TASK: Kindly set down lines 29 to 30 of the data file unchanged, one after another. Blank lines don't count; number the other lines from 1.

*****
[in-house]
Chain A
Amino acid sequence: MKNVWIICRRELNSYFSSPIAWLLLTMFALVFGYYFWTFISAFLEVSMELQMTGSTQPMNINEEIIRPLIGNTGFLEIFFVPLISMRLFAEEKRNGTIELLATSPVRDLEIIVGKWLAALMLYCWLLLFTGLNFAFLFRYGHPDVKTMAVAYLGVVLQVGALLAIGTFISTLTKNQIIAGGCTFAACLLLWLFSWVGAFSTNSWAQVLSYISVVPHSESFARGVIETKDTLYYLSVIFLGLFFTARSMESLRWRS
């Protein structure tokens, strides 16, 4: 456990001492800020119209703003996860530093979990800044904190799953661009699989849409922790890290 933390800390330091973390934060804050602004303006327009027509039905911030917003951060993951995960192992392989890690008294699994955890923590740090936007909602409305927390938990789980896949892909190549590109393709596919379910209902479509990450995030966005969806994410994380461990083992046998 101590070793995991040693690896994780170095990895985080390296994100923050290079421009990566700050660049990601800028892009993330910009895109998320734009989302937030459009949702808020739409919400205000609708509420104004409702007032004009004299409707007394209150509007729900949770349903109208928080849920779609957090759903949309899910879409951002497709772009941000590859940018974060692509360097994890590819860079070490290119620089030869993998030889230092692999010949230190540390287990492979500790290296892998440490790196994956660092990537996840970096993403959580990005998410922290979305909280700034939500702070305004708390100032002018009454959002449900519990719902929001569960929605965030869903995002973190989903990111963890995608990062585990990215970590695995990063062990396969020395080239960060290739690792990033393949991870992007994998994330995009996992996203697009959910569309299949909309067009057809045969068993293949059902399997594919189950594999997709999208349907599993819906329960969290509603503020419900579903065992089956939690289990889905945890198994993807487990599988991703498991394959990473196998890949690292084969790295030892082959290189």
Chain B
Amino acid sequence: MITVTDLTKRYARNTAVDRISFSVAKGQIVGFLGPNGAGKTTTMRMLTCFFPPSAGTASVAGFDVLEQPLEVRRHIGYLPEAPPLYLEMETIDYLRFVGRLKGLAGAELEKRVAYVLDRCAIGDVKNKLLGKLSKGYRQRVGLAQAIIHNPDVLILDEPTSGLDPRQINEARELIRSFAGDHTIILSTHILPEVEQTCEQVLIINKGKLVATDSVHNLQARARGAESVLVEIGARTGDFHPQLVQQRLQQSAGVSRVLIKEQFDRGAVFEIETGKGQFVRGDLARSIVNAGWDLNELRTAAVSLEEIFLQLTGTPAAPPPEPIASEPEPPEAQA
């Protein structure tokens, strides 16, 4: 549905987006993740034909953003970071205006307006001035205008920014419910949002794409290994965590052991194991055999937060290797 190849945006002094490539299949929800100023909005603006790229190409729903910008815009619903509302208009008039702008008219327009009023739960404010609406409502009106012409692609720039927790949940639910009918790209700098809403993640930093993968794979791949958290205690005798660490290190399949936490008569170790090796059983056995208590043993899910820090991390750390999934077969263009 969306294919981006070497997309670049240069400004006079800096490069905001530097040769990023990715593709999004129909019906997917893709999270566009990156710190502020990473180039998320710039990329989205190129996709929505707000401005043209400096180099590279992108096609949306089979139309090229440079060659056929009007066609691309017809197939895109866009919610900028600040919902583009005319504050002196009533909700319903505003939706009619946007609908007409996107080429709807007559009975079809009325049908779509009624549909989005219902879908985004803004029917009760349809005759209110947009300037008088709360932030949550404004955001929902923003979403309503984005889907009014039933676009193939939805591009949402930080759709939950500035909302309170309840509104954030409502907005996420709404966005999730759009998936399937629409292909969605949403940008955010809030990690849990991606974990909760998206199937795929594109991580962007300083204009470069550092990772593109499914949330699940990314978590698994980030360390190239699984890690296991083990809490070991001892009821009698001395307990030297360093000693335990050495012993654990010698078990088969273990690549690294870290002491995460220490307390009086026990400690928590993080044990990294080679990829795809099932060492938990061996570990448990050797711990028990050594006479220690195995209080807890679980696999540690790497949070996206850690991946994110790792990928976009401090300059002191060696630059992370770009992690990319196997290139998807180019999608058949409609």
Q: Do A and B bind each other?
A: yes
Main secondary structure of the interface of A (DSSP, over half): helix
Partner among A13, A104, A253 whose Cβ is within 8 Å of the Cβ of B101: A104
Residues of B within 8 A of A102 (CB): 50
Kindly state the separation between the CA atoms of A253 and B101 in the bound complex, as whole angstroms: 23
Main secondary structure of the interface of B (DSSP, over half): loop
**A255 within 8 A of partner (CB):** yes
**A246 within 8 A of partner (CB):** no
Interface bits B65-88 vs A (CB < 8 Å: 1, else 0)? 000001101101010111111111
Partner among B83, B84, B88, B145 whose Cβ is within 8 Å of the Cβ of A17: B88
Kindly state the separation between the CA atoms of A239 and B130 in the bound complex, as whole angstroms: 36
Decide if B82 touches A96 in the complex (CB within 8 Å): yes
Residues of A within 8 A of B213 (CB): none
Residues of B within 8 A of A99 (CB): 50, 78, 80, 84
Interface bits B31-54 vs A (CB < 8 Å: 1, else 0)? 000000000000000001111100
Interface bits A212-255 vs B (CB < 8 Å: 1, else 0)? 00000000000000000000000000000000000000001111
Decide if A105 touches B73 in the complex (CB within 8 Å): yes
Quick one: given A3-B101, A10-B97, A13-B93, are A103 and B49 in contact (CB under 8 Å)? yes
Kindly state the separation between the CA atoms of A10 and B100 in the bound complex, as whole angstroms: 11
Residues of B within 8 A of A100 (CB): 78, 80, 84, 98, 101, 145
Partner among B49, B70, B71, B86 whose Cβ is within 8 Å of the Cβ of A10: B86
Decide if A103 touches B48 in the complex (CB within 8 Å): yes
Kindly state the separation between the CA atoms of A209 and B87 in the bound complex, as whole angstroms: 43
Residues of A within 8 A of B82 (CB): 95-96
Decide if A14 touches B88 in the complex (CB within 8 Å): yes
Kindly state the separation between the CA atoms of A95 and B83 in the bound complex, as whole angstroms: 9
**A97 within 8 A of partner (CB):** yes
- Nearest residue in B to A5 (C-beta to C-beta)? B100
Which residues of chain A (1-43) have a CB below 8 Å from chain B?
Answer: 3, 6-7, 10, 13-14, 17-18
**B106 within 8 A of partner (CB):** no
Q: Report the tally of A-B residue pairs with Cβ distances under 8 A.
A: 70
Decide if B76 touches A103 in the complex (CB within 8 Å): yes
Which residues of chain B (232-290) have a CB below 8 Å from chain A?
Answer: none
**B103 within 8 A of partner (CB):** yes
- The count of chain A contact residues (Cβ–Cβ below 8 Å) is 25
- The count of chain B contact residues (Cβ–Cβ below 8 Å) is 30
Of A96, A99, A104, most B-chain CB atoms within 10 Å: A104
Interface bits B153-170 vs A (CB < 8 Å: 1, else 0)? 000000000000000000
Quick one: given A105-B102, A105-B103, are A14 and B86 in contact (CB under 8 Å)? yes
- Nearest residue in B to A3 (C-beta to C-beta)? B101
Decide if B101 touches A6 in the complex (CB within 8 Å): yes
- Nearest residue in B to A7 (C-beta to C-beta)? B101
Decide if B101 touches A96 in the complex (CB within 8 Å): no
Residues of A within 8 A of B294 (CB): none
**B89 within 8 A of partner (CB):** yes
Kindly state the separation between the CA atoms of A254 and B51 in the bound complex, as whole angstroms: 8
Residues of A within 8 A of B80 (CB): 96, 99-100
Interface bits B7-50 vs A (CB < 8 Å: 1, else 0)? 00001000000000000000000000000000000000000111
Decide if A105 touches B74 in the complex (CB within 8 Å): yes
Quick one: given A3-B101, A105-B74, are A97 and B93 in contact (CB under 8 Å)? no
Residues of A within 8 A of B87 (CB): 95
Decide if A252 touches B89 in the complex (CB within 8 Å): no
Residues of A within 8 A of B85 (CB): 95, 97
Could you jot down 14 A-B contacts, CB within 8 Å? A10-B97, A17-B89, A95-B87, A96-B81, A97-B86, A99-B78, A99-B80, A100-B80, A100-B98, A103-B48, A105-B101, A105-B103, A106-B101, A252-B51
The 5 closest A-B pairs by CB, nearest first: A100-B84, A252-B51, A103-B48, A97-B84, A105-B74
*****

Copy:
Partner among B49, B70, B71, B86 whose Cβ is within 8 Å of the Cβ of A10: B86
Decide if A103 touches B48 in the complex (CB within 8 Å): yes